• The use of the coagulating enzyme chymosin can make skim milk appear more like 2% milk in color and texture.
Advances in Enzyme Technology for the Food Industry will enable you to track important developments in applied enzyme research. This report will help you establish key contacts with researchers and learn about projects that will help you and your company stay competitive. Return your completed order form today.

  The Realm of Potential Applications
  Removing Undesirable Compounds
  Methodology and Scope of the Report


Fruits and Vegetables
  Vacuum Infusion of Plant Enzyme Maintains Fruit Texture, Mouthfeel
  Lipooxygenase May Be More Appropriate for Some Vegetable Blanching
  Microbe Enables Enzymes to Extend Produce Ripening Time
Cholesterol Reduction
  Use Enzymes To Cut Cholesterol Content of Foods
  Microbial Enzymes Reduce Cholesterol Content of Beef Fat
  Low- or Noncaloric Carbohydrate Polymers from Beet or Cane Sugar
  Enzymes Extract Proteins from Rice Bran Efficiently
  Rice Breeding Gets Marker Assistance
  Enzymes Convert Corn Fiber to Xylitol
  Enzymatic Hydrolysis Makes Corn Gluten Meal More Soluble
  Enzymatic Phosphorylation to Extend Solubility of Soy Proteins
  Enzymes Could Improve Oat-based Gluten-free Bread Quality
  Xylanase, Glucose Oxidase, Ascorbic Acid Impact Whole Wheat Bread
  Ultraviolet Light Can Boost Carrots’ Antioxidant Capacity
  Enzyme to Reduce Bitterness in Cheese
  High Pressures Increase Cheese Yield
  Optimize Cheese’s Ability to Retain Its Flavor
  Brevibacteria Increase Cheese Flavor
  Use Plasmid Curing To Construct Foodgrade Starter Culture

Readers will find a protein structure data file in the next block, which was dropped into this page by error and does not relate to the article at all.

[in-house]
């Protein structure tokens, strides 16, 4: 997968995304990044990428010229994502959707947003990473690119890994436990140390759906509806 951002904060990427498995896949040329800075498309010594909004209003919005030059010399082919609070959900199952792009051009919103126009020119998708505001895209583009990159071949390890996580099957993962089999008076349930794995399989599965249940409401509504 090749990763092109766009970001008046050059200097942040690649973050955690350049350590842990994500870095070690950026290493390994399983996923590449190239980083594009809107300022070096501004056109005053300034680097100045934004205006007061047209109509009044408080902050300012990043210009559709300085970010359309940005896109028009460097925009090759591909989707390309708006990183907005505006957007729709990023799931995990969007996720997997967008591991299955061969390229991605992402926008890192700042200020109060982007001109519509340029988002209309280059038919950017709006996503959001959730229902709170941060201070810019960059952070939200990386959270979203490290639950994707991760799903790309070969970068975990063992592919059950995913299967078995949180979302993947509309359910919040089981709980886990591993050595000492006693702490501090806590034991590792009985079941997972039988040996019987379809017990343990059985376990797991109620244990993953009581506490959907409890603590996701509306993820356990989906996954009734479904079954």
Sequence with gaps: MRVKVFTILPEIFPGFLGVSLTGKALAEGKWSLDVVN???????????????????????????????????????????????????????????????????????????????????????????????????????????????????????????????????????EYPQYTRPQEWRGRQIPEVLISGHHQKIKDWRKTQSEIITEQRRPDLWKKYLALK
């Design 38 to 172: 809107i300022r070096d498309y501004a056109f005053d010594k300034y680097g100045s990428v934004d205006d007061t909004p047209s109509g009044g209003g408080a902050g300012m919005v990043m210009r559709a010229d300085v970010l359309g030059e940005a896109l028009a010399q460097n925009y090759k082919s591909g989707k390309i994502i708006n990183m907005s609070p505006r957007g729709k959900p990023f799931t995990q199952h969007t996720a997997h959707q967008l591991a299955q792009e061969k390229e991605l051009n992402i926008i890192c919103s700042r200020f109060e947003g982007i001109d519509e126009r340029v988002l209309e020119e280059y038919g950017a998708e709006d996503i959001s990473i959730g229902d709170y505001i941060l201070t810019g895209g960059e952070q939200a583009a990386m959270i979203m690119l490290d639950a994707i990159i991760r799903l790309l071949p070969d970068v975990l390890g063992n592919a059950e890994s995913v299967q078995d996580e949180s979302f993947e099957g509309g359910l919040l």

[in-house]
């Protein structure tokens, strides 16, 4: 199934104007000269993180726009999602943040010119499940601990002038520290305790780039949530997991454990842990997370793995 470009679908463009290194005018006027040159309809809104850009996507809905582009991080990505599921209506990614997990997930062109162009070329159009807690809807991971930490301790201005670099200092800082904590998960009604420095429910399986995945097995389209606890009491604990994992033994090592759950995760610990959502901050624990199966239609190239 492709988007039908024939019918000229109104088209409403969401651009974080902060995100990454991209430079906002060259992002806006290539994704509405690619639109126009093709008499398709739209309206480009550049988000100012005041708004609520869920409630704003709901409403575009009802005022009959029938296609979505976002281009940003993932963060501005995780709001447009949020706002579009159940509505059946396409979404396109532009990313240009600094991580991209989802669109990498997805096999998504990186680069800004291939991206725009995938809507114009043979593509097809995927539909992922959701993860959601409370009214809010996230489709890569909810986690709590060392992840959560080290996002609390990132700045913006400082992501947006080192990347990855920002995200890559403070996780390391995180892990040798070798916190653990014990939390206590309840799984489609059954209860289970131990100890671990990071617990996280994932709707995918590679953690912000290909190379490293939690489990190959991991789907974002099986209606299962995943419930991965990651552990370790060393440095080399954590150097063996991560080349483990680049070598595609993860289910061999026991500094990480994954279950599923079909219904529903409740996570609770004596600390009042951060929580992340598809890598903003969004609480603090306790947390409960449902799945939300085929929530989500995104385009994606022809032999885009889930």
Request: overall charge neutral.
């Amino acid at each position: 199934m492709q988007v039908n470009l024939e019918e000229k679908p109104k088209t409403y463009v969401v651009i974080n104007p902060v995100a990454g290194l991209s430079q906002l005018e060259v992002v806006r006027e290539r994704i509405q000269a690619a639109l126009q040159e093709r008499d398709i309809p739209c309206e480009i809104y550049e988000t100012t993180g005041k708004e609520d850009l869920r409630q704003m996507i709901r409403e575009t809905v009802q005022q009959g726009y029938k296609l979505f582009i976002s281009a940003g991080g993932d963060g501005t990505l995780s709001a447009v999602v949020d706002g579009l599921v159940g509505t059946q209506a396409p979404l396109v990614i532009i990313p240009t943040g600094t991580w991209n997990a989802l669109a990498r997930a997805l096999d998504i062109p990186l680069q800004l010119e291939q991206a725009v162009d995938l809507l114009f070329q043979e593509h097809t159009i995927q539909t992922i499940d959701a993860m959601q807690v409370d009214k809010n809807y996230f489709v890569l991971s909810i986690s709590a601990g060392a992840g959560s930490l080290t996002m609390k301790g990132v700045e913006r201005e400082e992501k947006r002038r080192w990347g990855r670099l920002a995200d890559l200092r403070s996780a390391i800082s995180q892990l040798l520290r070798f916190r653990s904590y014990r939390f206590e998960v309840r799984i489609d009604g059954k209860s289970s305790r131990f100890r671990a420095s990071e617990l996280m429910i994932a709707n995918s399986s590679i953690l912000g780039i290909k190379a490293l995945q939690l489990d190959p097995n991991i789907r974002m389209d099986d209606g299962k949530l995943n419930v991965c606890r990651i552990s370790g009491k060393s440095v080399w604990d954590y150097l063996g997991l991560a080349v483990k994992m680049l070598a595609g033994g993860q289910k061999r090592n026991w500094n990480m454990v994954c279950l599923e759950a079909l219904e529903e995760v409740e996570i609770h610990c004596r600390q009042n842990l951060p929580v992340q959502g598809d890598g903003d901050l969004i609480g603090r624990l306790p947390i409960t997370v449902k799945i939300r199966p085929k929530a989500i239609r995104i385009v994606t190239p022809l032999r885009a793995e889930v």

Increase Cheese Yield Using Recombinant Chymosin as a Milk-clotting Enzyme
  Peptides Control Emulsion Strength, Stability
  Fat-like Perception Enhancer
  Coagulating Enzyme Improves Appearance of Skim Milk
  Improving Milk Protein Functionality by Treatment with Transglutaminase
  Analyze the Native Form of Plasminogen in Bovine Milk
  Enzymes: Key Formulation Tools for Bakers
  Enzymes Improve Bread Dough Quality
  Enzymatic Method Reduces Acrylamide Levels in Baked and Fried Foods
Enzymes in Microaqueous Media Hold Potential for Lipid Modification, Flavor
Enzymatically Modify Gluten to Improve Its Functional Properties
Genetically Engineer an Industrially Useful Fungal Lipase
Apply Enzymes and Glycobiology to Product Development
Enzymatic Route to Flavors Is Alternative to Acid Hydrolysis
Investigations of Extremophiles May Lead to Highly Stable Enzymes
Enzymatic Treatment Forms Resistant Starch from Rice
Novel Enzyme Immobilization Technique Uses Energy-curable Materials for Bioactive
Combine Beneficial Bacteria, Bacteriophages to Fight Microbes on Produce
Use Gelatin Hydrolysate as a Natural Ice Modulator
High Hydrostatic Pressure Enhances Resistance to Thermal Denaturation, Improves
  Enzyme Stability
Generate Antiangiogenic Peptides by the Action of B. polymyxa Protease
Enzyme Processes Are Focus of Responsible Production Technologies
Proteases Could Be Sourced from Sea Cucumber
Enzyme-based Edible Film May Inhibit Bacteria in Refrigerated Foods